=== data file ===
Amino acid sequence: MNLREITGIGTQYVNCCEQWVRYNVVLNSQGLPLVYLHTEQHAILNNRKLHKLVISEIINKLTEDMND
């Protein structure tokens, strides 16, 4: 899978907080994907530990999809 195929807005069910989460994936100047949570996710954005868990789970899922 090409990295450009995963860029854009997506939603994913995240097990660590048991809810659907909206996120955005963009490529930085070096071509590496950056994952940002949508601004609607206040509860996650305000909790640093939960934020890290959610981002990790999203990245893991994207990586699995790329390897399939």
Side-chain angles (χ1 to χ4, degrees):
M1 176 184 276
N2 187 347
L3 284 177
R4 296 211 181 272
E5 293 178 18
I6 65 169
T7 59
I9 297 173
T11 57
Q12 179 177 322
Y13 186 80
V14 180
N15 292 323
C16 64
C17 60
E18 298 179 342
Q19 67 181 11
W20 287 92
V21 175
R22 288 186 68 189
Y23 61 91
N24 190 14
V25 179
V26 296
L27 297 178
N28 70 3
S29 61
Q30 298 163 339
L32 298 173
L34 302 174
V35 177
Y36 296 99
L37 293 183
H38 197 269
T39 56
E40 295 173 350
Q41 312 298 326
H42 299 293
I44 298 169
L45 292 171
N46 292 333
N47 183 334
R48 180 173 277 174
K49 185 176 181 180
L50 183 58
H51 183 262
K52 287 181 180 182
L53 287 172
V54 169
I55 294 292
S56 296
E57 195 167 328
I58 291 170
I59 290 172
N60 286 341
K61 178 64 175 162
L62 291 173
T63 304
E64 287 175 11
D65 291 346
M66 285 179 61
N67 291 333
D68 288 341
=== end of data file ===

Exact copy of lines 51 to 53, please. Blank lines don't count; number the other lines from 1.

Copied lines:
L53 287 172
V54 169
I55 294 292